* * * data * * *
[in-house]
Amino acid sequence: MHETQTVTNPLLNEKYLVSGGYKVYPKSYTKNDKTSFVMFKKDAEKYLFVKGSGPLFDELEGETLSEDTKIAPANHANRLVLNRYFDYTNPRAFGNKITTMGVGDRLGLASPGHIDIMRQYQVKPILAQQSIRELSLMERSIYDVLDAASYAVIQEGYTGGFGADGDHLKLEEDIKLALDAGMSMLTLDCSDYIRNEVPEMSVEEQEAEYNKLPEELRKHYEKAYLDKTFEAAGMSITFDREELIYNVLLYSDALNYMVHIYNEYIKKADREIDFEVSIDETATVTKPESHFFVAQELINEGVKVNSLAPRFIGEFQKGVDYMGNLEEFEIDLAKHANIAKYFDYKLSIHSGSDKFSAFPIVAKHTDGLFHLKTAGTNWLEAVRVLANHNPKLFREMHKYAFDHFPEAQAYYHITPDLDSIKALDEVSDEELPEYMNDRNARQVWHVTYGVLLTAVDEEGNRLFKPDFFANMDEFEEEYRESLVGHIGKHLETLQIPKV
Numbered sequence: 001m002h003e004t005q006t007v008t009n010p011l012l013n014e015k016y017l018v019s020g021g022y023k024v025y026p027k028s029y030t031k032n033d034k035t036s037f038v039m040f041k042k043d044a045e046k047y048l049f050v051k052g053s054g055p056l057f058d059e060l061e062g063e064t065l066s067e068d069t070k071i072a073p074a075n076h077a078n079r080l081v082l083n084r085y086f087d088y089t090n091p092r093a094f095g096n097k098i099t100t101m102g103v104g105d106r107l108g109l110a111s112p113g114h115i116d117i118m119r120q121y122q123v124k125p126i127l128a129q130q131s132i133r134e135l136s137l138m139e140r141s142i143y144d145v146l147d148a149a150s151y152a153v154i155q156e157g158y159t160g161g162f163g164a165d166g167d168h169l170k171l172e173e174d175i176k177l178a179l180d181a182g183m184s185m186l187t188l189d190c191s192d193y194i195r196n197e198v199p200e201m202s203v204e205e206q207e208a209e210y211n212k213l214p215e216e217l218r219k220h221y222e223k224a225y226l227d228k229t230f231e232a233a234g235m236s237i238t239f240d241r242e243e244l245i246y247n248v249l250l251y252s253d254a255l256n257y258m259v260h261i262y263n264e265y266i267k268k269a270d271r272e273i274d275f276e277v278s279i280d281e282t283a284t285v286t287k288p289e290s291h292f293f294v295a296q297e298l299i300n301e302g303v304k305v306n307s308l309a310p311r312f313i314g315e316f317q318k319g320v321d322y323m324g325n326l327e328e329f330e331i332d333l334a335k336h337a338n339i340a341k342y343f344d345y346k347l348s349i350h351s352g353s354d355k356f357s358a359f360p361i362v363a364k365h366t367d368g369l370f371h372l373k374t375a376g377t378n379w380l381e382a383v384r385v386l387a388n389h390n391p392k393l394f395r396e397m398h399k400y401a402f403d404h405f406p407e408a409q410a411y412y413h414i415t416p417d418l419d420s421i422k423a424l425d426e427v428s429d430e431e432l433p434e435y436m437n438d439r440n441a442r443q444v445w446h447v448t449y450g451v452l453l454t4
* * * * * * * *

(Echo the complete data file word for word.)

[in-house]
Amino acid sequence: MHETQTVTNPLLNEKYLVSGGYKVYPKSYTKNDKTSFVMFKKDAEKYLFVKGSGPLFDELEGETLSEDTKIAPANHANRLVLNRYFDYTNPRAFGNKITTMGVGDRLGLASPGHIDIMRQYQVKPILAQQSIRELSLMERSIYDVLDAASYAVIQEGYTGGFGADGDHLKLEEDIKLALDAGMSMLTLDCSDYIRNEVPEMSVEEQEAEYNKLPEELRKHYEKAYLDKTFEAAGMSITFDREELIYNVLLYSDALNYMVHIYNEYIKKADREIDFEVSIDETATVTKPESHFFVAQELINEGVKVNSLAPRFIGEFQKGVDYMGNLEEFEIDLAKHANIAKYFDYKLSIHSGSDKFSAFPIVAKHTDGLFHLKTAGTNWLEAVRVLANHNPKLFREMHKYAFDHFPEAQAYYHITPDLDSIKALDEVSDEELPEYMNDRNARQVWHVTYGVLLTAVDEEGNRLFKPDFFANMDEFEEEYRESLVGHIGKHLETLQIPKV
Numbered sequence: 001m002h003e004t005q006t007v008t009n010p011l012l013n014e015k016y017l018v019s020g021g022y023k024v025y026p027k028s029y030t031k032n033d034k035t036s037f038v039m040f041k042k043d044a045e046k047y048l049f050v051k052g053s054g055p056l057f058d059e060l061e062g063e064t065l066s067e068d069t070k071i072a073p074a075n076h077a078n079r080l081v082l083n084r085y086f087d088y089t090n091p092r093a094f095g096n097k098i099t100t101m102g103v104g105d106r107l108g109l110a111s112p113g114h115i116d117i118m119r120q121y122q123v124k125p126i127l128a129q130q131s132i133r134e135l136s137l138m139e140r141s142i143y144d145v146l147d148a149a150s151y152a153v154i155q156e157g158y159t160g161g162f163g164a165d166g167d168h169l170k171l172e173e174d175i176k177l178a179l180d181a182g183m184s185m186l187t188l189d190c191s192d193y194i195r196n197e198v199p200e201m202s203v204e205e206q207e208a209e210y211n212k213l214p215e216e217l218r219k220h221y222e223k224a225y226l227d228k229t230f231e232a233a234g235m236s237i238t239f240d241r242e243e244l245i246y247n248v249l250l251y252s253d254a255l256n257y258m259v260h261i262y263n264e265y266i267k268k269a270d271r272e273i274d275f276e277v278s279i280d281e282t283a284t285v286t287k288p289e290s291h292f293f294v295a296q297e298l299i300n301e302g303v304k305v306n307s308l309a310p311r312f313i314g315e316f317q318k319g320v321d322y323m324g325n326l327e328e329f330e331i332d333l334a335k336h337a338n339i340a341k342y343f344d345y346k347l348s349i350h351s352g353s354d355k356f357s358a359f360p361i362v363a364k365h366t367d368g369l370f371h372l373k374t375a376g377t378n379w380l381e382a383v384r385v386l387a388n389h390n391p392k393l394f395r396e397m398h399k400y401a402f403d404h405f406p407e408a409q410a411y412y413h414i415t416p417d418l419d420s421i422k423a424l425d426e427v428s429d430e431e432l433p434e435y436m437n438d439r440n441a442r443q444v445w446h447v448t449y450g451v452l453l454t4